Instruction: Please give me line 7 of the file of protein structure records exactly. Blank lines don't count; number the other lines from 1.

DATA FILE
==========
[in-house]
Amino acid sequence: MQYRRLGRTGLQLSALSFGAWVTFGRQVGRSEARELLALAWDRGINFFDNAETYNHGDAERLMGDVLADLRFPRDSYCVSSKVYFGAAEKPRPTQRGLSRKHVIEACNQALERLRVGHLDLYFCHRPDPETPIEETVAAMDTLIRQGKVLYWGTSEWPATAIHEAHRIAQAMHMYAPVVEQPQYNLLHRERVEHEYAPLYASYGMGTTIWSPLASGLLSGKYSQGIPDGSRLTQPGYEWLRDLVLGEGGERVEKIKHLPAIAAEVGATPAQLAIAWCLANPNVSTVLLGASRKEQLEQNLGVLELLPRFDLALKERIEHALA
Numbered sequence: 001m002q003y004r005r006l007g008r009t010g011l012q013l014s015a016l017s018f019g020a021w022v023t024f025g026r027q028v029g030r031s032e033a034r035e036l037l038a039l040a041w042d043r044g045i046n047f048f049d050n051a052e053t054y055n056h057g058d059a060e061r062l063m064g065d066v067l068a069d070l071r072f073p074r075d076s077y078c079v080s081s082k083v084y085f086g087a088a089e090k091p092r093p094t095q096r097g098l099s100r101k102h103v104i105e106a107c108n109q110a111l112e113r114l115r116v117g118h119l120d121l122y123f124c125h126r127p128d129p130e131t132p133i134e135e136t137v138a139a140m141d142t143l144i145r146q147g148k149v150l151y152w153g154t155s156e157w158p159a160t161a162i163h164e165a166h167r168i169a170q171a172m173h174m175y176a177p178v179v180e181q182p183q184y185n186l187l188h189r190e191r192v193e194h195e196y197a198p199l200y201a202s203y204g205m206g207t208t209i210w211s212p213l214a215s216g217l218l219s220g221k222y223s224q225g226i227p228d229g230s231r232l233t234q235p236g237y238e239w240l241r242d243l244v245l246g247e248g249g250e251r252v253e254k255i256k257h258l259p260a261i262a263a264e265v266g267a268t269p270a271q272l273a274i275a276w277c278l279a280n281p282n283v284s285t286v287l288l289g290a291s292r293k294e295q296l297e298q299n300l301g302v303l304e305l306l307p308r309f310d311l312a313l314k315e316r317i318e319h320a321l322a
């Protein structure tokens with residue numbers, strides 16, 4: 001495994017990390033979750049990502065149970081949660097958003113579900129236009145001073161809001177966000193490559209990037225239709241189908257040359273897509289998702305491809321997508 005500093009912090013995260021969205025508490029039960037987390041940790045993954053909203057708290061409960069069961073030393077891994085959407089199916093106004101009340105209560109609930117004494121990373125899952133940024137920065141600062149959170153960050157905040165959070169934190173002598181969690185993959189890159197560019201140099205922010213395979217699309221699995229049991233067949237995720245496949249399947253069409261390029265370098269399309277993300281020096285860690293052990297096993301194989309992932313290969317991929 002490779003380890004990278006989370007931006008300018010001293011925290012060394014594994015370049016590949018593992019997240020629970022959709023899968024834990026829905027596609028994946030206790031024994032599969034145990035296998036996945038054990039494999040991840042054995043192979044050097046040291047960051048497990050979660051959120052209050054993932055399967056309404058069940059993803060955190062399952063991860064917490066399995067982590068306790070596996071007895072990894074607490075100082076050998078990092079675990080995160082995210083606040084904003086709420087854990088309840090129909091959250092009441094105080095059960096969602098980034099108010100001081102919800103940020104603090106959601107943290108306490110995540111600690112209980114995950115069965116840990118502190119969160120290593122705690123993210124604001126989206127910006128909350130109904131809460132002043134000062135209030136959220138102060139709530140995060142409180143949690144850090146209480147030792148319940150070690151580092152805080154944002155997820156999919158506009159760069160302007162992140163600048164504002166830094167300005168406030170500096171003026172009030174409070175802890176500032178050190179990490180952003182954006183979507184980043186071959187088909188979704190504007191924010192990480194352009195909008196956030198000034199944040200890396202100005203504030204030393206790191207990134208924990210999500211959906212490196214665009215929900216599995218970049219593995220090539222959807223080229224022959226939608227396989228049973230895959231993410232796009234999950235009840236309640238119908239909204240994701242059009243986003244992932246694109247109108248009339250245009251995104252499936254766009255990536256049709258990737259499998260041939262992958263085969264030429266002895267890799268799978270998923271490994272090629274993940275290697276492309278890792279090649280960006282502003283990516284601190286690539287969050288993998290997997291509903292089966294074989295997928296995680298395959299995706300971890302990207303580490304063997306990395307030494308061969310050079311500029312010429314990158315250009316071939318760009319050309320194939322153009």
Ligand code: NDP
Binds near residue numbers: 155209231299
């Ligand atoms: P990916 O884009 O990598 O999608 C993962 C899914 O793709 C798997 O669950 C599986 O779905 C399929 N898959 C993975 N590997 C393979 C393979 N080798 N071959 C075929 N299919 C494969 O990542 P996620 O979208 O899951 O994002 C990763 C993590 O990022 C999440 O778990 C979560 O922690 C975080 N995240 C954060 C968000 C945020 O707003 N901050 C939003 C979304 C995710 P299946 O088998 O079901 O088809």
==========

């Ligand atoms: P990916 O884009 O990598 O999608 C993962 C899914 O793709 C798997 O669950 C599986 O779905 C399929 N898959 C993975 N590997 C393979 C393979 N080798 N071959 C075929 N299919 C494969 O990542 P996620 O979208 O899951 O994002 C990763 C993590 O990022 C999440 O778990 C979560 O922690 C975080 N995240 C954060 C968000 C945020 O707003 N901050 C939003 C979304 C995710 P299946 O088998 O079901 O088809």